- Bank and credit union trade groups are pushing back against language in President Joe Biden’s State of the Union address, accusing the president of mischaracterizing some of the fees financial institutions charge consumers.
- During his speech Tuesday, Biden highlighted his administration’s efforts to crack down on “junk fees” and “hidden surcharges” across several industries, including banking, hospitality and travel. “We’ve reduced exorbitant bank overdraft fees, saving consumers more than $1 billion a year,” he said, adding his administration’s Junk Fee Prevention Act would further block companies from “ripping us off.”
- In statements released in response to the president’s address, trade groups said the administration is conflating bank fees, which lenders use to extend credit, with charges other industries levy on consumers, such as internet and resort fees.
"Junk fees may not matter to the very wealthy, but they matter to most folks in homes like the one I grew up in," Biden said. "They add up to hundreds of dollars a month. They make it harder for you to pay the bills or afford that family trip. I know how unfair it feels when a company overcharges you and gets away with it."
Some trade groups argue, however, that bank overdraft fees shouldn’t fall into the junk fee bucket, since customers opt in to the service, and some rely on it to pay their bills.
The term “junk fee” is overly broad and ignores the needs of low-income and middle-income consumers, said Credit Union National Association President and CEO Jim Nussle, who warned against eliminating a service some people depend on.
“Consumers use overdraft protection as a safety net — protecting them from life’s challenges,” he said in a statement Tuesday. “Without the option of overdraft protection — people are more likely to turn to predatory lenders, hurting the same people the administration seeks to help.”
The Consumer Bankers Association pushed back against the president’s assertion that overdraft fees are hidden.
“[B]anks operate in the most competitive, well-regulated industry in the world and are required by law to provide clear disclosures aimed at empowering consumers to make informed financial decisions,” CBA CEO Lindsey Johnson said in a statement Tuesday.
Biden’s statements fail to recognize that some Americans rely on bank products like overdraft to pay their bills, she argued.
“Instead of mischaracterizing an entire industry, policymakers across the ideological spectrum should work in tandem with banks to find durable solutions to the economic challenges we face as a nation, including expanding consumers’ access to the financial tools they demand and deserve,” she said.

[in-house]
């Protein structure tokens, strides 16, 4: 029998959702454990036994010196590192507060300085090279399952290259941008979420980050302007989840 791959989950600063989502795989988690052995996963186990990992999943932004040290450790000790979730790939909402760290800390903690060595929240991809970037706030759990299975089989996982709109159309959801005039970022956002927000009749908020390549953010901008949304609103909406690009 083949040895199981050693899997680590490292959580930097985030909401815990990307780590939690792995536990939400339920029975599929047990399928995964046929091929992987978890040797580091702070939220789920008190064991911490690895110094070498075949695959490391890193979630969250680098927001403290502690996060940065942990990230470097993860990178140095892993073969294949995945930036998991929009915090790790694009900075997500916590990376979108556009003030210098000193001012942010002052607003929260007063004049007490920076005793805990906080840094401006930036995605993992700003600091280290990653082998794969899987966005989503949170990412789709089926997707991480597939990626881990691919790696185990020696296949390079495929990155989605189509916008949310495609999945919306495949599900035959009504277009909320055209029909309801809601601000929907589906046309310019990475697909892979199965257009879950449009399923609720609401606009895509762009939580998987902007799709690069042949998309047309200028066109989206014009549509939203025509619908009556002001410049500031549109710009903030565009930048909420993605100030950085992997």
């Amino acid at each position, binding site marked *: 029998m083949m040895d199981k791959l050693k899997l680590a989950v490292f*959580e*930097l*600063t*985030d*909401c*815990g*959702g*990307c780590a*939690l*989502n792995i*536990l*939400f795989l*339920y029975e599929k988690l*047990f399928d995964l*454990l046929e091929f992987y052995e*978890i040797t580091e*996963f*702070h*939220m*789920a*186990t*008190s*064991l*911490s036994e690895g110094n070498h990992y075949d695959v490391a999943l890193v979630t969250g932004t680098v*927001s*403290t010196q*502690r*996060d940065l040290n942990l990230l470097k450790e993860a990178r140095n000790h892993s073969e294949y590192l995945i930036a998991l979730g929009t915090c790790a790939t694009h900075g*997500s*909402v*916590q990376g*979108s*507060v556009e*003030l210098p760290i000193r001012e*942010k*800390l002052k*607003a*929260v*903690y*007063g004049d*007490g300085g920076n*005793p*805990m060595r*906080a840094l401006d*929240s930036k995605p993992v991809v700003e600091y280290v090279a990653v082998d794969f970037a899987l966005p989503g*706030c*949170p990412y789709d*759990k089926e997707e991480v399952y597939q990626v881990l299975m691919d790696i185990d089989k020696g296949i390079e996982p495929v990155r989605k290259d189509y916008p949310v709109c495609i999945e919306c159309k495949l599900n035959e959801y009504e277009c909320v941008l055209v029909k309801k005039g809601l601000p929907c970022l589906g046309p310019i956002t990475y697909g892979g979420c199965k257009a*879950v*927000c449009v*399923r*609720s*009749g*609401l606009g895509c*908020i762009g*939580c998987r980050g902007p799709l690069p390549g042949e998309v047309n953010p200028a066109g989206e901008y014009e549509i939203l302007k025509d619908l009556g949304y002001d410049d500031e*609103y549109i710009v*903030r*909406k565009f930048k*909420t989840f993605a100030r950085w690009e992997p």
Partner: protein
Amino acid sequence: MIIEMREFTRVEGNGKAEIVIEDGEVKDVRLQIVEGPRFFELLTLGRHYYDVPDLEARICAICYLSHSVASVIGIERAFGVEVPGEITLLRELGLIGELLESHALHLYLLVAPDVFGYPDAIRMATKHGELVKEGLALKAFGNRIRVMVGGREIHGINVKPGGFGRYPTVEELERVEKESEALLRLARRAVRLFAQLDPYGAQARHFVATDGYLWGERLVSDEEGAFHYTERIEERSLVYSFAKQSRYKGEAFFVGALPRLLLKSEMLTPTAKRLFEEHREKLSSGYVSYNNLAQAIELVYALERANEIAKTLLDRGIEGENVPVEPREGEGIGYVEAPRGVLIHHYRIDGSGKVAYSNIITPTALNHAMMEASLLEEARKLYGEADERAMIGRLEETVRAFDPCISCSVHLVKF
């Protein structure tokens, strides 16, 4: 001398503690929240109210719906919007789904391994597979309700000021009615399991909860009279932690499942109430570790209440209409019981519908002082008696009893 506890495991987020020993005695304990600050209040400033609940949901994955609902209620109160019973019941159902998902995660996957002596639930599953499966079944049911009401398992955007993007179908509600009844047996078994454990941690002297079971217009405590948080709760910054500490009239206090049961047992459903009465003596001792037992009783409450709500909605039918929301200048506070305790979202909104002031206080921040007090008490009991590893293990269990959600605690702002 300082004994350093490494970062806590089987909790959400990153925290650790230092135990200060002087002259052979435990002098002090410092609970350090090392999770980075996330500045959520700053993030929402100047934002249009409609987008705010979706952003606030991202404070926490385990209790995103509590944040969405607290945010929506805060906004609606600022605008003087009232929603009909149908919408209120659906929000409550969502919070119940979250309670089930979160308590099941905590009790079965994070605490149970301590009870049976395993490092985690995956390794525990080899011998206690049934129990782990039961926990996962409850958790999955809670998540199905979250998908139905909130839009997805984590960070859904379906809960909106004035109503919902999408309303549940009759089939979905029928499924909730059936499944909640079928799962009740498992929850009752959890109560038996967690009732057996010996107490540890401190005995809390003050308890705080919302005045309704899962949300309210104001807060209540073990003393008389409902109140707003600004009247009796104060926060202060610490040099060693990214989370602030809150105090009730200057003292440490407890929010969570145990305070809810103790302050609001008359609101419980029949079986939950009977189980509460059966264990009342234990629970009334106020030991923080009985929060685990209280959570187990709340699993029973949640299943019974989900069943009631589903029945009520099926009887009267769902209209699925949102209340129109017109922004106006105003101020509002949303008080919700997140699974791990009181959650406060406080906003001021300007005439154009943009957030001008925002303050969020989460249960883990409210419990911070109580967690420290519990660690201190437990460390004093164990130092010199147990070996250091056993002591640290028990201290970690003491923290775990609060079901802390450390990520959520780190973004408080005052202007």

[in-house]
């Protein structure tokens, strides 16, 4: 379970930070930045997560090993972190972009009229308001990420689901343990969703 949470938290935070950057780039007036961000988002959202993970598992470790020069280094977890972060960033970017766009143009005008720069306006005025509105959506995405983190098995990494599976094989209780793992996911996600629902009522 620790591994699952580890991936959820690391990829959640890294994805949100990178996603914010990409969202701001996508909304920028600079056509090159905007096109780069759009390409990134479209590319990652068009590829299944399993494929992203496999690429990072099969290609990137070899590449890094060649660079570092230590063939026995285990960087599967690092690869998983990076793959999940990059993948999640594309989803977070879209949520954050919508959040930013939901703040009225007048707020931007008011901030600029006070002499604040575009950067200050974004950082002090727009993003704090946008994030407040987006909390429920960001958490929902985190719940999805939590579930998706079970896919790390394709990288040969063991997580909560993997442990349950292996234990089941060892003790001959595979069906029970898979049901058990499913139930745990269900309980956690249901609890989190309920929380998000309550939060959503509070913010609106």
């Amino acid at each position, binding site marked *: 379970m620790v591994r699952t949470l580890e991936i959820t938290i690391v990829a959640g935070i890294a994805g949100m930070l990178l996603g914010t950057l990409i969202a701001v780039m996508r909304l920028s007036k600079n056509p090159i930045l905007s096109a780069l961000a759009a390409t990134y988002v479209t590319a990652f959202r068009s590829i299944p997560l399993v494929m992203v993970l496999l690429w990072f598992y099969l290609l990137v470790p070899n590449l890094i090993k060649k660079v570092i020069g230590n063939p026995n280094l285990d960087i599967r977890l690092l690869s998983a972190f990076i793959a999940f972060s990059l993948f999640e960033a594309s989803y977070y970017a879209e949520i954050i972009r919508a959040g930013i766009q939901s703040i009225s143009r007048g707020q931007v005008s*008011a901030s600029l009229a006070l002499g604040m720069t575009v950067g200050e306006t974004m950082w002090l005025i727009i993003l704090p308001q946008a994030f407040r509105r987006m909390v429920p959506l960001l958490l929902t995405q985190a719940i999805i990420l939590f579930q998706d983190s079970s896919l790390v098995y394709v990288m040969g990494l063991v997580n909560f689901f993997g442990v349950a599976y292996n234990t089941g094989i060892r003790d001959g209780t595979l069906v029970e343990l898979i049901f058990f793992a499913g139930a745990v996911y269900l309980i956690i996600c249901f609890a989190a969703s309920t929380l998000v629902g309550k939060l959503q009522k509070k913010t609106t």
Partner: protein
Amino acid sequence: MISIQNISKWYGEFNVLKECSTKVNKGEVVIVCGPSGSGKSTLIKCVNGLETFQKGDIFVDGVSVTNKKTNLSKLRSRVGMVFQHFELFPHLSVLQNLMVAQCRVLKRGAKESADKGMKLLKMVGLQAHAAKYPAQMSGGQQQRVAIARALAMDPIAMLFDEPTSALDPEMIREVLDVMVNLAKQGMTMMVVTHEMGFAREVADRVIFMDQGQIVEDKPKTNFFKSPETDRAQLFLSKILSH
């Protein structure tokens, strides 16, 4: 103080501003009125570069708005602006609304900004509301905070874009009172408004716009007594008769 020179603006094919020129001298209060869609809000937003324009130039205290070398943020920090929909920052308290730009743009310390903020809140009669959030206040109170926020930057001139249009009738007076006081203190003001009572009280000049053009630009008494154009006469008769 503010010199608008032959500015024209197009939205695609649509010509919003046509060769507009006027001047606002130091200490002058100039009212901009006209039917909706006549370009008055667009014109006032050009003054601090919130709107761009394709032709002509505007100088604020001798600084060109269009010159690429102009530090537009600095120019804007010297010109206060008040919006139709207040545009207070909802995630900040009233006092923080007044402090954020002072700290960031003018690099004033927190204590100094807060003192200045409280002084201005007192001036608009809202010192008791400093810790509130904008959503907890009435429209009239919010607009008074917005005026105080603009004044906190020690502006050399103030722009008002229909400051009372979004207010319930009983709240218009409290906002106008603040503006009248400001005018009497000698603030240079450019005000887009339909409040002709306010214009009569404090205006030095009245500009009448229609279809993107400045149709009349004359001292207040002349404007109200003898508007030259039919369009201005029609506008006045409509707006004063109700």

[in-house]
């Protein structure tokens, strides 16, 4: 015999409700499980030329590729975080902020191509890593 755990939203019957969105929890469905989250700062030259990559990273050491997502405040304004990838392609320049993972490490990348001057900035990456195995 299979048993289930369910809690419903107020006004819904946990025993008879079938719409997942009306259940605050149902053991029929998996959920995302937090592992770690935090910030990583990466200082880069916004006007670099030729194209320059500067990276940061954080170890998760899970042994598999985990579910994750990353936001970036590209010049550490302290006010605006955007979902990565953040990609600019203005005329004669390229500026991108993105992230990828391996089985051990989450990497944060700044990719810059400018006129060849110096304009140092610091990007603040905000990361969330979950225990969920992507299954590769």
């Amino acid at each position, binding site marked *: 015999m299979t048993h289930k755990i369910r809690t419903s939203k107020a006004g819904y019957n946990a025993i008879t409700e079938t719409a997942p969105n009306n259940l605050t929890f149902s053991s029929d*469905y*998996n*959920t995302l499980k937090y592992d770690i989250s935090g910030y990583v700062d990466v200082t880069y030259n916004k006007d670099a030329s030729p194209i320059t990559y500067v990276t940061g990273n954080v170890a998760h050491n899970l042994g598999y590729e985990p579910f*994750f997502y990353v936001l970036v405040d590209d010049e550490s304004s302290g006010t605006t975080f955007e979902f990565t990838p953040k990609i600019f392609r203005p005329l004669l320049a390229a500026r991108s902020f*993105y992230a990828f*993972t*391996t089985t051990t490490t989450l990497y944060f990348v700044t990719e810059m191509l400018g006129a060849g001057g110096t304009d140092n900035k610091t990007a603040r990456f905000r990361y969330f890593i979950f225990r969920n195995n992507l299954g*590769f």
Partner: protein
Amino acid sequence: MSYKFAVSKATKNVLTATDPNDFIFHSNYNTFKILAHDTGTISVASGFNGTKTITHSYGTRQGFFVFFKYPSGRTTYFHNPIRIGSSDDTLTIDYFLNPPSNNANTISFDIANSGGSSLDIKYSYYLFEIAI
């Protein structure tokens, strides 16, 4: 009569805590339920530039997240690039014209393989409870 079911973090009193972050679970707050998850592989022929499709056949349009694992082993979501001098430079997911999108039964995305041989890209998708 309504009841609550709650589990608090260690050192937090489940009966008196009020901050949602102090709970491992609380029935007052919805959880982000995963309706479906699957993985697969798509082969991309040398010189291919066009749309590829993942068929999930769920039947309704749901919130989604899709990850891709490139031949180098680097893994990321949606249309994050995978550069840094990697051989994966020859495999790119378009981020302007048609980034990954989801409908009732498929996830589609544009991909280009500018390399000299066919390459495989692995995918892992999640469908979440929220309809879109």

The Independent Community Bankers of America said Biden’s language misrepresents bank services that are “clearly disclosed” to consumers, and contracts that many customers voluntarily enter into.
“Given these realities, current community bank practices are appropriate and do not constitute surprise ‘junk fees,’ despite the misrepresentation of the community bank business model by President Biden and the Consumer Financial Protection Bureau,” ICBA CEO Rebeca Romero Rainey said in a statement Tuesday. “ICBA and the nation’s nearly 5,000 community bankers intend to continue working with the administration to mitigate the negative impact of CFPB rulemakings and to avoid further mischaracterizations.”
During Tuesday’s address, Biden also highlighted the CFPB’s proposed rule to reduce credit card late fees to $8 from roughly north of $30.
The CFPB estimates the proposed rule could reduce late fees by as much as $9 billion a year.
The National Association of Federally-Insured Credit Unions, however, said the Biden administration and the CFPB “are not giving Americans the full picture.”
“Consumers rely on safe, reliable short-term credit to afford daily life,” NAFCU CEO Dan Berger said in a statement Wednesday. “This rule will severely restrict the market for credit cards, making those products harder to qualify for and increasing the cost of all other financial products and services. For Americans with low credit scores or lower incomes, this rule would cripple their ability to achieve any sense of financial security.”
In a statement last week, the American Bankers Association said the CFPB’s proposal would harm consumers by reducing competition and increasing the cost of credit.
“[A]ny reduction in the late fee safe harbor would have a significant adverse impact on a substantial number of community banks and credit unions with assets below $850 million, many of which would be forced to exit the credit card market altogether,” ABA CEO Rob Nichols said in a statement.